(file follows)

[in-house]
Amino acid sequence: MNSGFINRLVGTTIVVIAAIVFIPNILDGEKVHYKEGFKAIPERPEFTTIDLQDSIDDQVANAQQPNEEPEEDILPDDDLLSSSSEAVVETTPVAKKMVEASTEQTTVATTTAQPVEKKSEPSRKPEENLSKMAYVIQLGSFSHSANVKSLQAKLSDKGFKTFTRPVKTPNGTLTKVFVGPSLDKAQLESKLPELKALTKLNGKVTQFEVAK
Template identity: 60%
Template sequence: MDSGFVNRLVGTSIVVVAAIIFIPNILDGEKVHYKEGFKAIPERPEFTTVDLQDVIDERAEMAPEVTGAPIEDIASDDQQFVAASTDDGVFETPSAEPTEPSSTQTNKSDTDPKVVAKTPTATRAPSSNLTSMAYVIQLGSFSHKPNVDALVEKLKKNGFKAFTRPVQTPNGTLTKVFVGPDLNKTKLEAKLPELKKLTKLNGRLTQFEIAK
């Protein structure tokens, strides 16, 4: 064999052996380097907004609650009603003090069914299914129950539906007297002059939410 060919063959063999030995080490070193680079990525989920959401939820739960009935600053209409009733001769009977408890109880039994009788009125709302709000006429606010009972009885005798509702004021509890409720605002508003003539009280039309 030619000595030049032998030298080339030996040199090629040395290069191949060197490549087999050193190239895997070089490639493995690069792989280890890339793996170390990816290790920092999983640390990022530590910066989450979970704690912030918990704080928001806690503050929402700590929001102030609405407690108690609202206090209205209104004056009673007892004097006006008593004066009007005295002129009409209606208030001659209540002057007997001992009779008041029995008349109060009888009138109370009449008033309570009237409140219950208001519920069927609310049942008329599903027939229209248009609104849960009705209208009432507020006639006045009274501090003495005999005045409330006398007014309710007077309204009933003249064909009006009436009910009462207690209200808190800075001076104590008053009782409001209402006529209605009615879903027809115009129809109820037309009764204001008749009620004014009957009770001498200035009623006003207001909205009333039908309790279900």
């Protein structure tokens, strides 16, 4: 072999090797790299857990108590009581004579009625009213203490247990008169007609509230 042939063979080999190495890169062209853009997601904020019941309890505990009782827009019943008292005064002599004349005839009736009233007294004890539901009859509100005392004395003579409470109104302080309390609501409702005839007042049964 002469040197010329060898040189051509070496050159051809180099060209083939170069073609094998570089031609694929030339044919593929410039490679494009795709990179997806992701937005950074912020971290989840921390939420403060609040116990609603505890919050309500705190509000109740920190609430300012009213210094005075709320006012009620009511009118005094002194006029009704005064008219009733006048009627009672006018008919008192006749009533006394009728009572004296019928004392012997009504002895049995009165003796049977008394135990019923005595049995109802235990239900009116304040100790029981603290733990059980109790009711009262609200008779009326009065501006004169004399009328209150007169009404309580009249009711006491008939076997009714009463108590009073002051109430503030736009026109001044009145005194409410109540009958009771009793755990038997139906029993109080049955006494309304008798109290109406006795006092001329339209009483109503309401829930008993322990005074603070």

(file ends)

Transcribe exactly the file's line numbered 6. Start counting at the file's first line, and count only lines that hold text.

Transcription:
């Protein structure tokens, strides 16, 4: 072999090797790299857990108590009581004579009625009213203490247990008169007609509230 042939063979080999190495890169062209853009997601904020019941309890505990009782827009019943008292005064002599004349005839009736009233007294004890539901009859509100005392004395003579409470109104302080309390609501409702005839007042049964 002469040197010329060898040189051509070496050159051809180099060209083939170069073609094998570089031609694929030339044919593929410039490679494009795709990179997806992701937005950074912020971290989840921390939420403060609040116990609603505890919050309500705190509000109740920190609430300012009213210094005075709320006012009620009511009118005094002194006029009704005064008219009733006048009627009672006018008919008192006749009533006394009728009572004296019928004392012997009504002895049995009165003796049977008394135990019923005595049995109802235990239900009116304040100790029981603290733990059980109790009711009262609200008779009326009065501006004169004399009328209150007169009404309580009249009711006491008939076997009714009463108590009073002051109430503030736009026109001044009145005194409410109540009958009771009793755990038997139906029993109080049955006494309304008798109290109406006795006092001329339209009483109503309401829930008993322990005074603070």